New York Gov. Andrew Cuomo appointed the now defunct ‘Commission to Investigate Public Corruption’ under the Moreland Act and Executive Law Section 63(8) in 2013. The objective was to probe corruption in state government, political campaigns, and elections in the State of New York. The Commission had the power to issue subpoenas and examine witnesses under oath. The panel was tasked with reviewing the competence of existing state laws, examine whether existing laws and regulations were properly enforced, and make recommendations for improvement.
Another Democrat Caught Cheating?
Manhattan US Attorney Preet Bharara’s prosecutors are now conducting a three-tiered investigation to determine if anyone in the administration influenced the commission not to refer cases to Albany District Attorney David Soares. The interactions of Gov. Cuomo’s administration with the Moreland Commission are currently being probed. The governor said that his office is cooperating with any investigations. He also claimed that his aides only advised the commission and that the panel acted as an independent body.
Prosecutors are currently investigating if there was any interference by the Cuomo administration and also exploring whether they can take up the cases assigned to the defunct Moreland Commission. In addition, they seek to determine if the governor’s office has forced some commissioners to deny that the administration had interfered with investigations. Gov. Cuomo abruptly disbanded the commission after the state Legislature received subpoenas inquiring about the income and campaign expenditure of several lawmakers, and agreed to a package of ethics reforms.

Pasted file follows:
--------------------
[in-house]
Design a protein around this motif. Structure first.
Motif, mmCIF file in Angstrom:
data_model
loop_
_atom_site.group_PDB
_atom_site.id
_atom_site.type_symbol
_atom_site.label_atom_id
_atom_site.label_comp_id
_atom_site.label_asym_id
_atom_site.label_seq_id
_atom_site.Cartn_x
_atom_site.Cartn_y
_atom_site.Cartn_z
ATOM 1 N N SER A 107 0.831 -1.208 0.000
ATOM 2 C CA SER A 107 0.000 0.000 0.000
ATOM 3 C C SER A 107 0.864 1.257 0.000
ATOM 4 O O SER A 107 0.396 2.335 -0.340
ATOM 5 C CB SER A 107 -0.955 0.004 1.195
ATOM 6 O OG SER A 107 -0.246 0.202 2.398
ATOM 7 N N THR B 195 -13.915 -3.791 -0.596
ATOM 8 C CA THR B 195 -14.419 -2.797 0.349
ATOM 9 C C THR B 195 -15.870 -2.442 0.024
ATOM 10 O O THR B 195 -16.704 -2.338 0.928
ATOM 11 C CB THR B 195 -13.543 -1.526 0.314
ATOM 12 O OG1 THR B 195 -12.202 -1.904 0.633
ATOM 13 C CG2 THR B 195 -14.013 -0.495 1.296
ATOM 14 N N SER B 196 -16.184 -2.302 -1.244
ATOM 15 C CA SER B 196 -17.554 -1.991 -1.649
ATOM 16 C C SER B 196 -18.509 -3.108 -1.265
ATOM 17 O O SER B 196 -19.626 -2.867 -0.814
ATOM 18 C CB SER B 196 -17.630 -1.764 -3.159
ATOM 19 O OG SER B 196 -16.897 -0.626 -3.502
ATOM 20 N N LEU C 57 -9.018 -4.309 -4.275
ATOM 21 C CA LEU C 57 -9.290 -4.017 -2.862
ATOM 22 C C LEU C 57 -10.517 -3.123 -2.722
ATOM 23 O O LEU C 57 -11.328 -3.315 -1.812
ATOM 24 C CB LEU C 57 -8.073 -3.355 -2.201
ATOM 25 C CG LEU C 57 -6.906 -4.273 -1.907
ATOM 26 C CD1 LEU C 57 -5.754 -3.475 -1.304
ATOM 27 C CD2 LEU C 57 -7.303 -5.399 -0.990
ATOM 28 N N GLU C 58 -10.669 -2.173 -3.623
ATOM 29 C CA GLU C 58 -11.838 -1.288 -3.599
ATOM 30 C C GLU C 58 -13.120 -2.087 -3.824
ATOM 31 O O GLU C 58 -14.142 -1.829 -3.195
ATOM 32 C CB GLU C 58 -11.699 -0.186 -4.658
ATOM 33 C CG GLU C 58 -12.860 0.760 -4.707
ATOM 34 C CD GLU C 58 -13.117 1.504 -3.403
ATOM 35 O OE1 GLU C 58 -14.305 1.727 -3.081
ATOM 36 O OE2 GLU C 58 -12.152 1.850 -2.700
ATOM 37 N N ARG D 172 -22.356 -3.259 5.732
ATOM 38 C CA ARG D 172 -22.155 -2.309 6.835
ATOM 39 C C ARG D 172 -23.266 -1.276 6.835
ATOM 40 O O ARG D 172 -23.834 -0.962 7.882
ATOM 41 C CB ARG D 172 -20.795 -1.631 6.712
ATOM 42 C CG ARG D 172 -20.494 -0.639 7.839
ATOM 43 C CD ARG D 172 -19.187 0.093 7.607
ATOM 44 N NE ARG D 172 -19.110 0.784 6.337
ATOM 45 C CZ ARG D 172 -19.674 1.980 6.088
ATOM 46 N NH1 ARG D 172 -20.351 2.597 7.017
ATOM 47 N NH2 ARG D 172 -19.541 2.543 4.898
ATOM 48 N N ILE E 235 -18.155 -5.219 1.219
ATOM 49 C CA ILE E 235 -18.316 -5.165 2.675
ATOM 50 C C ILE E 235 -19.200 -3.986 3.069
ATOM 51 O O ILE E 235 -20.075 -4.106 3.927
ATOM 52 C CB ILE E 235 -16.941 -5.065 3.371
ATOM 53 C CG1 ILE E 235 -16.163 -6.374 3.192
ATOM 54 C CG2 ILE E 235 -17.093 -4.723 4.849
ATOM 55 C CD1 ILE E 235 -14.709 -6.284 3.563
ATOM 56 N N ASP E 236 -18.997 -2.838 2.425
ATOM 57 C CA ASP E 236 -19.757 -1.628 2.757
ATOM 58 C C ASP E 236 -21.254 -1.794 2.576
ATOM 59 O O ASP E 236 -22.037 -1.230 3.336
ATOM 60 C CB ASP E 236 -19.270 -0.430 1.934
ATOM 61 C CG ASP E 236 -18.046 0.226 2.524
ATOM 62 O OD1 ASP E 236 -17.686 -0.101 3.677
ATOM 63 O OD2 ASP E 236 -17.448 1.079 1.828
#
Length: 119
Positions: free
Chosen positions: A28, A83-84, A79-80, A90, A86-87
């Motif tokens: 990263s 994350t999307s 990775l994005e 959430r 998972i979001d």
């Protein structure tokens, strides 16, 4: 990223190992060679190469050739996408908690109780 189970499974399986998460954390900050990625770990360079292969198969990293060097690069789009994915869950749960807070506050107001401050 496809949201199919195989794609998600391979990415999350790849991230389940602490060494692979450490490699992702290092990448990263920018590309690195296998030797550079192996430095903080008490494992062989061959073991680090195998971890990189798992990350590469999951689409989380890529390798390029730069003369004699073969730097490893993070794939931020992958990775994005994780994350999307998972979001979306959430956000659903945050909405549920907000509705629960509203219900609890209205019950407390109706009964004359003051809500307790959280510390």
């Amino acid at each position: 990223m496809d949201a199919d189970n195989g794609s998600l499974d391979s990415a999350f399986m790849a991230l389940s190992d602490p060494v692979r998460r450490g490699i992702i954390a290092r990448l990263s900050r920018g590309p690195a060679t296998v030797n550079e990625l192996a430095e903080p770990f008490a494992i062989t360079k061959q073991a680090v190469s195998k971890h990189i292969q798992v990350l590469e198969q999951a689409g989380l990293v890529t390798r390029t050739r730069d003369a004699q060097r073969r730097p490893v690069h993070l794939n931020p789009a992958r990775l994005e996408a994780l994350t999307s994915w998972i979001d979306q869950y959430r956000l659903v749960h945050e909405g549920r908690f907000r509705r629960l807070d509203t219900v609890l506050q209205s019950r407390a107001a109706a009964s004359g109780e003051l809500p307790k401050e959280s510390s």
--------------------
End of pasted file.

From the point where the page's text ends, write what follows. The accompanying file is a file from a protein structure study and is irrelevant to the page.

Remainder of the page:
A Democrat cares about Tax Payers’ Money!?―That is a First
Gov. Cuomo hired criminal defense lawyers to represent his entire office when US Attorney Bharara issued a letter that raised questions about witness tampering. It is also alleged that the governor is using his $35 million campaign fund to pay the legal fees. According to his lawyer, the governor does not want to use taxpayers’ money to pay for the case while the governor said he wanted to spare taxpayers “another expensive prosecutor’s office.” Some critics are of the opinion that while it may be legal, paying from a campaign fund is not an appropriate way to use campaign money.
The real crime that Cuomo is and has committed is not legalizing oil shale which would bring thousands of jobs into New York, increase land value, help New York State become financially solvent again, help America get off Middle East oil, and so on.
States in the dark green are the state that are basket cases. New York Gov. Andrew Cuomo and California could easily bring jobs into their state and be a team player in this energy revolution if they legalized oil shale. Cuomo seems to have no problem in running his state into the ground.
Why would you donate money to the Democrats anyway?
Instances of New York politicians using campaign funds to pay their criminal defense attorneys are not unusual since there are a few restrictions on how contributions from donors can be spent. However, in Cuomo’s case, the funds are being used to pay legal fees for the entire office of the governor. Some critics say they haven’t heard of such cases in the past, and have called for stricter control over how money from donors can be spent. The governor is entitled to receive government funding for criminal defense lawyers under current law. However, Cuomo reiterates that he wanted to spare the public the expense. An altruistic Democrat? Interesting.
Following receipt of US Attorney Bharara’s warning letter, Cuomo said he will not comment on the specifics. However, the governor said he has not yet been personally asked to speak to federal prosecutors and has directed his staff to cooperate fully with the investigation.